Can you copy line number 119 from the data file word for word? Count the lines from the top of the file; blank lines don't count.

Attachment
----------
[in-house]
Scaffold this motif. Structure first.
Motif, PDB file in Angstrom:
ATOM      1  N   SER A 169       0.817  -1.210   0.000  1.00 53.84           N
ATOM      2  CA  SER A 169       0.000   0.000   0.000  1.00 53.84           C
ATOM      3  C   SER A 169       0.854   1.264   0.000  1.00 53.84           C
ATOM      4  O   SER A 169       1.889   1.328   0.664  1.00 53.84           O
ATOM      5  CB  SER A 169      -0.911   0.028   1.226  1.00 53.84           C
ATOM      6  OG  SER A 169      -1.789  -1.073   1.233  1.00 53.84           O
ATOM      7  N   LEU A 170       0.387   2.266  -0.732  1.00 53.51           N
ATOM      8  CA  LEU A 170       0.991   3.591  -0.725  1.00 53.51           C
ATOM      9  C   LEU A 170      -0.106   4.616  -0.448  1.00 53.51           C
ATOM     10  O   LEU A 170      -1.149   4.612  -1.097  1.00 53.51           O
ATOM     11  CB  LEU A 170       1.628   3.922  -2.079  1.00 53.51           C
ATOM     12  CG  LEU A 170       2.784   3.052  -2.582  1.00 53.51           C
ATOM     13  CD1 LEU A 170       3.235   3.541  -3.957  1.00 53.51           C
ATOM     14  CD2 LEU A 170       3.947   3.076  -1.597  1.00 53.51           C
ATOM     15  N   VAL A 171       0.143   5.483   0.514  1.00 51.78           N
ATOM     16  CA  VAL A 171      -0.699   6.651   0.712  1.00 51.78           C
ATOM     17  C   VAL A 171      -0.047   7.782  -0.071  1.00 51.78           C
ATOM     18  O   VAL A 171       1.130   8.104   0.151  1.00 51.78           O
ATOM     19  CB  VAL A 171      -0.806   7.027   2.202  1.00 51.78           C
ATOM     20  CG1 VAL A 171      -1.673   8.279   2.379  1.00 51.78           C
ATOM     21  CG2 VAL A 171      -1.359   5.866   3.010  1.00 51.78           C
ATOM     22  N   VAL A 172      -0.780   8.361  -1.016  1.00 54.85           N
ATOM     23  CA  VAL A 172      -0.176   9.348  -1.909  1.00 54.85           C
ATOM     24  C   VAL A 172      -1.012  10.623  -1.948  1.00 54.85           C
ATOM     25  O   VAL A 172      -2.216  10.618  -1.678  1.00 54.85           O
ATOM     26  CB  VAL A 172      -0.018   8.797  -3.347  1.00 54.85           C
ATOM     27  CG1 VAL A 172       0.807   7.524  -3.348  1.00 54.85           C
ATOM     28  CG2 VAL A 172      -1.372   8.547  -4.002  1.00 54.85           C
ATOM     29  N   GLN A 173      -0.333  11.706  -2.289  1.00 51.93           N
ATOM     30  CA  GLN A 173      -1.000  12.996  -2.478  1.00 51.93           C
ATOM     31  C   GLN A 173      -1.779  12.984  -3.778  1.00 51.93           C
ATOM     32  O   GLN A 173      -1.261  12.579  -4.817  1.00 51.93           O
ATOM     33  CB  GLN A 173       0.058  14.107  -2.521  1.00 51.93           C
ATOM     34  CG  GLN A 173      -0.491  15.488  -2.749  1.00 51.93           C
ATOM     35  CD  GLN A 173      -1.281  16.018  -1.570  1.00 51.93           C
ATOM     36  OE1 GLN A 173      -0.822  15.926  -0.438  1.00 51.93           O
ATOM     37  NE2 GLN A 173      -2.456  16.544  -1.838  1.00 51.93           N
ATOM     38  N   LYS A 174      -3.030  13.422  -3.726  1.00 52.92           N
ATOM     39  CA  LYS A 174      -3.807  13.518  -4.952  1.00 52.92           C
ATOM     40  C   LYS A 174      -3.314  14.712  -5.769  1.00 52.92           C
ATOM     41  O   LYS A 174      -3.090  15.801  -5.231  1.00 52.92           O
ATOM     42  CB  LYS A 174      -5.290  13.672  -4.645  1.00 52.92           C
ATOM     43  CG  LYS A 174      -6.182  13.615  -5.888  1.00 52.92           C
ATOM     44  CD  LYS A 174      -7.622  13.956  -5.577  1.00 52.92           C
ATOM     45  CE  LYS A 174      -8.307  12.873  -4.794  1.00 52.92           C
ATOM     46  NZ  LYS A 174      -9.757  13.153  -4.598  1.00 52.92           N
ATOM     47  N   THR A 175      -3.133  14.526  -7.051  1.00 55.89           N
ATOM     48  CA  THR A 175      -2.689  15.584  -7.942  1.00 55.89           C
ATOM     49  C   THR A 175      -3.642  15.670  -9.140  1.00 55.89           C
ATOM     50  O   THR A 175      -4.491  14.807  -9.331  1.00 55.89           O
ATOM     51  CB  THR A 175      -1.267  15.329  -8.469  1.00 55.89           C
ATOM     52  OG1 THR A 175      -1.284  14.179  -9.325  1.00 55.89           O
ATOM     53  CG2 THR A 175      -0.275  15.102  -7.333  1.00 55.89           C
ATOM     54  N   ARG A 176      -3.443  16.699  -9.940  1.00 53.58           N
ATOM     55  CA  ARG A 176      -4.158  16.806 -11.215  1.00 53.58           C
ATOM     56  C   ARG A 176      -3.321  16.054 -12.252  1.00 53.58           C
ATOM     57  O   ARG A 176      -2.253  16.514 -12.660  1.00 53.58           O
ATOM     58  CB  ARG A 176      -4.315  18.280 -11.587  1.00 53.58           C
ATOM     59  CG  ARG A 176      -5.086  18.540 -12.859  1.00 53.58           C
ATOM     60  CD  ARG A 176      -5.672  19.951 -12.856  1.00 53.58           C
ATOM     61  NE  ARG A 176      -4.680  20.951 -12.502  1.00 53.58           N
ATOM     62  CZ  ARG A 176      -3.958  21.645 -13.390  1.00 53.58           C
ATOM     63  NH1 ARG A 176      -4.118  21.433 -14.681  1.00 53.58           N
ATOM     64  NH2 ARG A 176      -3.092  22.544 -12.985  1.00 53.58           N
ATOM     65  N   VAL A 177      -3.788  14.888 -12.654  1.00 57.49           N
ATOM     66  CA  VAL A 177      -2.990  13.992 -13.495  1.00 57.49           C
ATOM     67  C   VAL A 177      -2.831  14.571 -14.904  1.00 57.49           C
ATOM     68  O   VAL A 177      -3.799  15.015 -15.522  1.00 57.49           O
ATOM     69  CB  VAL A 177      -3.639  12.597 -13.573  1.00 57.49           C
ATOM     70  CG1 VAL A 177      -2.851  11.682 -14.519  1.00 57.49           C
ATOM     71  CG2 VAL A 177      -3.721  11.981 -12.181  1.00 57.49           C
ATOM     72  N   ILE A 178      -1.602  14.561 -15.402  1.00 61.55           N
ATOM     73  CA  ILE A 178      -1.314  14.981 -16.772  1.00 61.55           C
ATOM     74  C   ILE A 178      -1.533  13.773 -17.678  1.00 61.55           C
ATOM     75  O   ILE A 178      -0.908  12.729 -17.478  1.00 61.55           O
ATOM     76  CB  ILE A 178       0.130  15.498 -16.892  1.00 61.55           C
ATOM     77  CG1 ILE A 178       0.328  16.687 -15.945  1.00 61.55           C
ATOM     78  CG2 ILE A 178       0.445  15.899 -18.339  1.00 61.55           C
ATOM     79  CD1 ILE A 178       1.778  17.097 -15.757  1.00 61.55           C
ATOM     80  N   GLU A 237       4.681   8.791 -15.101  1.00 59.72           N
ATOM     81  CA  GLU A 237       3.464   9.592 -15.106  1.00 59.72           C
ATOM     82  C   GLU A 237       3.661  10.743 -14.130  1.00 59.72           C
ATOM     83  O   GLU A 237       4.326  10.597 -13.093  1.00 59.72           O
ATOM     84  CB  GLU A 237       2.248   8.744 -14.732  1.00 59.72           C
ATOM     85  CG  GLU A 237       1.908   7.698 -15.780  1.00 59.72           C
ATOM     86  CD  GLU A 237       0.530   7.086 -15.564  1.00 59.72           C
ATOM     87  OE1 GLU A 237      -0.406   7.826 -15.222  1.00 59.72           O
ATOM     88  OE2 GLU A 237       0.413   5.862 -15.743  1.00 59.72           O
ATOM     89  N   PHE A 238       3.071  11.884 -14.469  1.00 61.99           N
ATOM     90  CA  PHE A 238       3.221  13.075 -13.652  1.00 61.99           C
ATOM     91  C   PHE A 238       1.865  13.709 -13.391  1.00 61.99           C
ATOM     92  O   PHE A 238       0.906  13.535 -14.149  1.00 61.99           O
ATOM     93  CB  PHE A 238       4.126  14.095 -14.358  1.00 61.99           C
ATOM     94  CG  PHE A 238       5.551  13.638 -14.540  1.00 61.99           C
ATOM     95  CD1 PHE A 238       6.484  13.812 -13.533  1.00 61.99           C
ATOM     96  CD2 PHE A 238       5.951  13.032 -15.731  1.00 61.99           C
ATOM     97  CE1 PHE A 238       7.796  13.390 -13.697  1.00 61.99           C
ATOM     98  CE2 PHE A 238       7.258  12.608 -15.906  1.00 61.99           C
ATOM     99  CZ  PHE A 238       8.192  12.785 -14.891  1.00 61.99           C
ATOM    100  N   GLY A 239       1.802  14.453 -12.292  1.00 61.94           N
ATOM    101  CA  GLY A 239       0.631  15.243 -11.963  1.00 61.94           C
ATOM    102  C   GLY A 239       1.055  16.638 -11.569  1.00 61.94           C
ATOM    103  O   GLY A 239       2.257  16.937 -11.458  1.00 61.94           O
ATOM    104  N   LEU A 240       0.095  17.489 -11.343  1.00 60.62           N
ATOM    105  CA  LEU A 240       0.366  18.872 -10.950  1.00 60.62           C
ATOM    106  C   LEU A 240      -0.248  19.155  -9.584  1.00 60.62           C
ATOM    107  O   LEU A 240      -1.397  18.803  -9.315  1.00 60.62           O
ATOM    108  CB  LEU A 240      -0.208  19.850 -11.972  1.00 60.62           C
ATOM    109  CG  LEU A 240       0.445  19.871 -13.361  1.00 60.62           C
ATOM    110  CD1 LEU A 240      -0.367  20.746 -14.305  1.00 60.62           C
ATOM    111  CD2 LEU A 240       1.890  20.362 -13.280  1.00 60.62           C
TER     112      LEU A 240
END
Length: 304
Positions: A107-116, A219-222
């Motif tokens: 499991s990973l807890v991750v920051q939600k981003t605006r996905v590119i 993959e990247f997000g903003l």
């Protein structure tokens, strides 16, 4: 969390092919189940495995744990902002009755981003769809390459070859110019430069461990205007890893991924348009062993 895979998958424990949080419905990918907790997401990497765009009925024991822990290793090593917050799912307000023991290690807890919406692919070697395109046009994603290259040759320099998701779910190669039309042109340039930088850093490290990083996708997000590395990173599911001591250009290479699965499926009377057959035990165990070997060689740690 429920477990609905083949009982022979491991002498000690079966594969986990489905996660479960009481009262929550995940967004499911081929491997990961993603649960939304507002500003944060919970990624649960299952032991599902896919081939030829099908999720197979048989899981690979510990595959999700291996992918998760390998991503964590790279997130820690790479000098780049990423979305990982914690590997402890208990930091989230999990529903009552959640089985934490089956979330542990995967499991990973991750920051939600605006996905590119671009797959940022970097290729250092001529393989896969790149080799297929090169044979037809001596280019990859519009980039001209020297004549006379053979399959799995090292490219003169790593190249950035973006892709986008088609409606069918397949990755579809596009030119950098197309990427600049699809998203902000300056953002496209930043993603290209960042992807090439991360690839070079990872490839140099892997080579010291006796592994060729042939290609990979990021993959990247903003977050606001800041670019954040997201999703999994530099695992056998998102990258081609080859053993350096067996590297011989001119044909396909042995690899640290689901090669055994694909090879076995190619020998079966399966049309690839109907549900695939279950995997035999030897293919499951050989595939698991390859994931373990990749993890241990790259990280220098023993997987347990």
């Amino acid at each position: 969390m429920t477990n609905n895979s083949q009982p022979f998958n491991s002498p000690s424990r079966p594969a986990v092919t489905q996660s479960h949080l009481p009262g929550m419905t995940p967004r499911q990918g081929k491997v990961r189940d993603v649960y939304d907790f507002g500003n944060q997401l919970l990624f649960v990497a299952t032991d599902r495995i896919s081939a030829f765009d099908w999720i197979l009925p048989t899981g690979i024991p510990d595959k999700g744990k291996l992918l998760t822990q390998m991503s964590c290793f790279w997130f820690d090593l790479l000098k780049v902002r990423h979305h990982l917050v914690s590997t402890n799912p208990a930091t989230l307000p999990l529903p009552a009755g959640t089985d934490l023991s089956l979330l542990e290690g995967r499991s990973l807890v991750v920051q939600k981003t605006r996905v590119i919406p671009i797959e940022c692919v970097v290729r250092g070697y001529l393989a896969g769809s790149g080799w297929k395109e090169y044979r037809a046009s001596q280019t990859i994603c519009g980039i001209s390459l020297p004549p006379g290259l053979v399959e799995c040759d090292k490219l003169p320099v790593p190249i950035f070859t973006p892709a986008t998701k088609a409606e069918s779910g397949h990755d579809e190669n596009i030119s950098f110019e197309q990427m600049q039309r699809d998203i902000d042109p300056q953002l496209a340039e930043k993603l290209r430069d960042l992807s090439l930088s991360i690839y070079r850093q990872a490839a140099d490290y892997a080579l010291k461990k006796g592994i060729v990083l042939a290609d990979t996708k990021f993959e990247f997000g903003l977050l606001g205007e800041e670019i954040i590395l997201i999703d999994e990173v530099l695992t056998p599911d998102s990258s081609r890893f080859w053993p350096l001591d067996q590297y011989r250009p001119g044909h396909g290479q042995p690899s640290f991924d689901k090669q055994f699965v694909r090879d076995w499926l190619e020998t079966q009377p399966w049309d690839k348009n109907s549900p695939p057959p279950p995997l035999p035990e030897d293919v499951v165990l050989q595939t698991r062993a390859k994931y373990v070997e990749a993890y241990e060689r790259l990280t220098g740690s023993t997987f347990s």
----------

């Motif tokens: 499991s990973l807890v991750v920051q939600k981003t605006r996905v590119i 993959e990247f997000g903003l």